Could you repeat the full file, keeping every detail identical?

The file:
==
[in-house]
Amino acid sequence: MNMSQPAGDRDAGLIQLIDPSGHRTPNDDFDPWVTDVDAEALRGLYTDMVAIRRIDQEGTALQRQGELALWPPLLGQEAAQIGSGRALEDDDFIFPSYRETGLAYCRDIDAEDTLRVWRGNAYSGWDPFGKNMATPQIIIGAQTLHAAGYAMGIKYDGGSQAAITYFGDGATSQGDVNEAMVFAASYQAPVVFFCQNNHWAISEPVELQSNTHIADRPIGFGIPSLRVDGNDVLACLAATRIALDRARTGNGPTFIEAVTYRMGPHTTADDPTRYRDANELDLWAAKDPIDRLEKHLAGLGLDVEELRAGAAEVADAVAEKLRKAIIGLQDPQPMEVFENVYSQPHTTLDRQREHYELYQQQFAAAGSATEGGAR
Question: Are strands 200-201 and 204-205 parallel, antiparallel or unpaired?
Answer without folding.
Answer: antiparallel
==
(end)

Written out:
[in-house]
Amino acid sequence: MNMSQPAGDRDAGLIQLIDPSGHRTPNDDFDPWVTDVDAEALRGLYTDMVAIRRIDQEGTALQRQGELALWPPLLGQEAAQIGSGRALEDDDFIFPSYRETGLAYCRDIDAEDTLRVWRGNAYSGWDPFGKNMATPQIIIGAQTLHAAGYAMGIKYDGGSQAAITYFGDGATSQGDVNEAMVFAASYQAPVVFFCQNNHWAISEPVELQSNTHIADRPIGFGIPSLRVDGNDVLACLAATRIALDRARTGNGPTFIEAVTYRMGPHTTADDPTRYRDANELDLWAAKDPIDRLEKHLAGLGLDVEELRAGAAEVADAVAEKLRKAIIGLQDPQPMEVFENVYSQPHTTLDRQREHYELYQQQFAAAGSATEGGAR
Question: Are strands 200-201 and 204-205 parallel, antiparallel or unpaired?
Answer without folding.
Answer: antiparallel